Insurance cover as part of super is effective means of protection

The latest life insurance statistics revealing that many Australians are grossly undercovered for meeting the expenses involved with temporary and permanent invalidity, as well as death, comes as no surprise. With family budgets under pressure from competing necessities including servicing a mortgage, educating children and meeting normal living expenses, it is understandable that apparently non-essential outlays will miss out.

This is despite the fact that even a short time off work without income can have seriously adverse impacts on family finances. Even though income protection insurance designed to provide an income while temporarily unable to work is a tax-deductible outlay, the harsh reality is that this is still a drain on the family budget.

For death and permanent disability insurance, the premiums do not qualify for a tax deduction in personal names. As a result, especially in the younger age groups, it is relatively easy to ignore the high potential costs of early death or disability, especially for wage earners and parents caring for children.

Some families benefit by having members in certain superannuation schemes. Defined benefit and some other generous accumulation funds automatically cover members for death and disability. The federal government's Public Sector and Commonwealth Super Schemes (PSS/CSS) are excellent examples of providing comprehensive coverage for members at no or little cost to them.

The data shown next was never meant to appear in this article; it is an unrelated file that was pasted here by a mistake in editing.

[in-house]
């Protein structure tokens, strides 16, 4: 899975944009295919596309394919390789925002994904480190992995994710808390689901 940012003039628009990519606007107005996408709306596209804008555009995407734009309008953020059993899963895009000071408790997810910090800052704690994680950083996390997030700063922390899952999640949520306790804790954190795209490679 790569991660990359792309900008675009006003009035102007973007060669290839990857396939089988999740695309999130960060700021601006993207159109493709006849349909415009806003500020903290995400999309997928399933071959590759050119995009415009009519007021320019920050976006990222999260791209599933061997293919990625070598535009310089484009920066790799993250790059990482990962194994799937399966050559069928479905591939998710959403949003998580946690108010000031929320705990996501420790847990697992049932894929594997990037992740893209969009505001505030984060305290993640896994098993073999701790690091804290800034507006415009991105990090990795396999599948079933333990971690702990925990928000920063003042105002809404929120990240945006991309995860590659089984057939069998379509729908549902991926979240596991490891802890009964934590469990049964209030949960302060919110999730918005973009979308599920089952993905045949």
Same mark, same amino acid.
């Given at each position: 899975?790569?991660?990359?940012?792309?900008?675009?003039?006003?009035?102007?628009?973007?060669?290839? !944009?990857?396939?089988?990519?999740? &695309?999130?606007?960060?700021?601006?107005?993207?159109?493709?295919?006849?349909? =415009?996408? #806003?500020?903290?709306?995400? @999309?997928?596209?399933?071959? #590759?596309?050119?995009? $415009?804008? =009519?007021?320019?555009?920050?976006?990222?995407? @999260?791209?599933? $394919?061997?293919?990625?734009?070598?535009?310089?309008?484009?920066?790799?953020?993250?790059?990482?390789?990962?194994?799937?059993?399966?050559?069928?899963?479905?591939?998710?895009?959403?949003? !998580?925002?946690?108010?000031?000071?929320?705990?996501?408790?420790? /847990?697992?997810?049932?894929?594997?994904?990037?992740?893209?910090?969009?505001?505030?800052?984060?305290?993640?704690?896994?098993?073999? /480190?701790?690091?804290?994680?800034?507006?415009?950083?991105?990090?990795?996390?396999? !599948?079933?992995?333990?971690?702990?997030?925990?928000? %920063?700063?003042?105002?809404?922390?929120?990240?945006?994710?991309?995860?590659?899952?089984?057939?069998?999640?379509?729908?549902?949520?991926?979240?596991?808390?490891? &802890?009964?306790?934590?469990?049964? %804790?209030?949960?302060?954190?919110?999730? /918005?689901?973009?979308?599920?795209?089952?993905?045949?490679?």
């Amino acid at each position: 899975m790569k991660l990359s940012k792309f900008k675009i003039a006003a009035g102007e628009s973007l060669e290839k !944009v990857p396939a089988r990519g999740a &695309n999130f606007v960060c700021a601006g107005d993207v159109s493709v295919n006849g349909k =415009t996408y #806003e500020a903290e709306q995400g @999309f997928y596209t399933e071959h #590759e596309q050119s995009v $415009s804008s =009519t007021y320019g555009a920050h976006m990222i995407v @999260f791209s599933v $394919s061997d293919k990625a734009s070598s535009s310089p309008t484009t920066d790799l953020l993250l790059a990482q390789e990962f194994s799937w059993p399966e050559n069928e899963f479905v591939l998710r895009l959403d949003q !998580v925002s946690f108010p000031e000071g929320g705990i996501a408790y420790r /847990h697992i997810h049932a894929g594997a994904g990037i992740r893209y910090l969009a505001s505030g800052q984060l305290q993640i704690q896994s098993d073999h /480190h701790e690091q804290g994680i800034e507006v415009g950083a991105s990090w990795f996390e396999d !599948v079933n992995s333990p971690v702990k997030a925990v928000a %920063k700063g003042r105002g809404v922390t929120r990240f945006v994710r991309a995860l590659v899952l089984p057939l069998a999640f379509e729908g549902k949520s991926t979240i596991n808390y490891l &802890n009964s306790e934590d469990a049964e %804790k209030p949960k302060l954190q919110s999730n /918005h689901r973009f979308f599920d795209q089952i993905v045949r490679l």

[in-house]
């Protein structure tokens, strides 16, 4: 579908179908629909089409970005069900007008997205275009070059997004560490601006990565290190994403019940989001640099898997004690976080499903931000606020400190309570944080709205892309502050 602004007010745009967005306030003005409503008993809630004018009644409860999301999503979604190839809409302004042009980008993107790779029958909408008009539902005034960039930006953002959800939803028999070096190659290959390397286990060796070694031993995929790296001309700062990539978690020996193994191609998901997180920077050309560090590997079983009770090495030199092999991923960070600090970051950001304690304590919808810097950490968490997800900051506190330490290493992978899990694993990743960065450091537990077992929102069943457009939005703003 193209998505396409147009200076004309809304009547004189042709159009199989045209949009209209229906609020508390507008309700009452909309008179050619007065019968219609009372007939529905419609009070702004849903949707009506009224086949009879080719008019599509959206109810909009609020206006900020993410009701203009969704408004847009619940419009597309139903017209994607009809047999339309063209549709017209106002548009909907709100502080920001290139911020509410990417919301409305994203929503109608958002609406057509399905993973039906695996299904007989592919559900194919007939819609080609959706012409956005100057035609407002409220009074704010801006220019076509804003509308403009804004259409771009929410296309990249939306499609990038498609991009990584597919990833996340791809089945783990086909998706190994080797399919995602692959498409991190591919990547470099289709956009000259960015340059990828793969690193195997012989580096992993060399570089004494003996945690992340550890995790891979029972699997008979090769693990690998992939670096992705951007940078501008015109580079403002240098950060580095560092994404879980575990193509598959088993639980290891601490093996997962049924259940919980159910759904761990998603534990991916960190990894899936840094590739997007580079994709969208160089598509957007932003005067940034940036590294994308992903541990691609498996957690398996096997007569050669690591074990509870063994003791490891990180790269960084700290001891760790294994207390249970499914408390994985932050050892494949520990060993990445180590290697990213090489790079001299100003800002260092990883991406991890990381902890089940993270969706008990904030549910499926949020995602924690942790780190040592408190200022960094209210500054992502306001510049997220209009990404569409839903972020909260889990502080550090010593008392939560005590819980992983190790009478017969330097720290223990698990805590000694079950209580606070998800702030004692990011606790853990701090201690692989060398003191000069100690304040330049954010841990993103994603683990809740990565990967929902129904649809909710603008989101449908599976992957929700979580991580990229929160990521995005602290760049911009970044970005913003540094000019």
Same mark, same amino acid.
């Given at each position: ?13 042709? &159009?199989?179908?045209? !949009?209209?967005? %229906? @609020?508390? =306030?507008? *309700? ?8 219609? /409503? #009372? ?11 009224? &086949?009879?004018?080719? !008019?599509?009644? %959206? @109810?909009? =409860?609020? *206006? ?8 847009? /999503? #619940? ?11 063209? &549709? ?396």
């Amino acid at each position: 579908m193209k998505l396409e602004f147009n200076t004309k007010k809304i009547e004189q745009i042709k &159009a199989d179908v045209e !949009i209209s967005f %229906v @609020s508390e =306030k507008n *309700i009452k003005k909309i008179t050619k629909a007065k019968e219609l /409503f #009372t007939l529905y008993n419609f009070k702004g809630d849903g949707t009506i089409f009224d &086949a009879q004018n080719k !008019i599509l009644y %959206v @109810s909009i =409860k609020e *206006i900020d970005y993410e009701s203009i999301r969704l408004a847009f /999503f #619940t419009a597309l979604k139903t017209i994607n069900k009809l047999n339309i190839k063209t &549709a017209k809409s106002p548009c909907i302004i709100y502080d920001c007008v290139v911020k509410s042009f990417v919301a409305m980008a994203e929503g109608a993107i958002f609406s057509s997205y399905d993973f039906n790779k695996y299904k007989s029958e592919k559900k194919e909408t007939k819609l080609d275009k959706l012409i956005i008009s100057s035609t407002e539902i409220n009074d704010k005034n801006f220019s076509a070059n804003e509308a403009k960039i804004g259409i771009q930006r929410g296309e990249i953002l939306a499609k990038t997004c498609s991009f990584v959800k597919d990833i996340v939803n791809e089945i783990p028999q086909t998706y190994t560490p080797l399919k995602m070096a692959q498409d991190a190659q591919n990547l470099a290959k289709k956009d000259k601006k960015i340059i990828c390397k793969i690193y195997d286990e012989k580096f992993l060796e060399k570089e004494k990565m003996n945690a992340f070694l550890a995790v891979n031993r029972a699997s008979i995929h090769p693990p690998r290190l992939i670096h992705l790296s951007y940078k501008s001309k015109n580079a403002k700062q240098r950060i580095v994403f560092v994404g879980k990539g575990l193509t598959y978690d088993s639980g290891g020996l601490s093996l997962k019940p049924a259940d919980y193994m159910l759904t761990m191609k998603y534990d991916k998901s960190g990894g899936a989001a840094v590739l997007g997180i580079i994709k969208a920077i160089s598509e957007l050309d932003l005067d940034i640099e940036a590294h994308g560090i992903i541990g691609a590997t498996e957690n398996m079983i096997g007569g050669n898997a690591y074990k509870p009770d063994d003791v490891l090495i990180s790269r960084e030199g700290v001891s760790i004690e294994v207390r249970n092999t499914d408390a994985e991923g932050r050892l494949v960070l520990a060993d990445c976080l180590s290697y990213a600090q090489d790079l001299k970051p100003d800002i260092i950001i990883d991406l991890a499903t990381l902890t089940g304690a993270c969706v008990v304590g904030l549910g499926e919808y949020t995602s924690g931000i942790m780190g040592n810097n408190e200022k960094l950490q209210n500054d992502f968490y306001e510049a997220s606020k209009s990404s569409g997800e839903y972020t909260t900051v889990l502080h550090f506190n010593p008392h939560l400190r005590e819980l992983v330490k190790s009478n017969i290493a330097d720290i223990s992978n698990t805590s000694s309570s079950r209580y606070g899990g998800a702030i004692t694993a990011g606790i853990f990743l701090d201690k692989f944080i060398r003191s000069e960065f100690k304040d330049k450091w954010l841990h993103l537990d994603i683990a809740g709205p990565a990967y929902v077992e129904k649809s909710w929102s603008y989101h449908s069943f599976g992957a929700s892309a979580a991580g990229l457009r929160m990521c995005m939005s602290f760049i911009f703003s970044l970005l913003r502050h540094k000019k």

In the event of death during employment, the PSS provides a benefit based on the amount of money the member would have received at age 60 based on their current contribution rate or 5 per cent of salary. The more generous CSS, which was phased out to new members in 1990, calculates the benefit by assuming the member worked to age 65.

Unfortunately, with the movement to accumulation funds and less generous employer contributions, the insurance coverage available depends on decisions made by the fund member. Many super funds offer death, disability and income protection group insurance to members but the costs of doing so are charged to members' accounts.

Despite the fact that group insurance coverage can be cheaper than cover obtained privately, many members forego the opportunity to obtain comprehensive coverage from their fund. While it is a personal decision whether to take out comprehensive insurance coverage, the outcome is that many Australians are poorly protected for the risks of accidents, illness, death and disability.

In deciding whether to take advantage of the insurance cover in your super fund, one consideration is very important: the preservation rules preclude gaining access to superannuation until at least age 55 (or 60 for those born after July 1, 1965). The outlays charged to your fund are thus not a drain on the family budget and reduce your super payout only at retirement.

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Daryl Dixon

Executive Chairman

Daryl Dixon is one of Australia’s foremost investment experts and a well known writer and consultant. He has provided trusted advice to thousands of personal clients over more than 25 years and is an acknowledged expert in the areas of tax, superannuation (including public sector superannuation), social security and investments.

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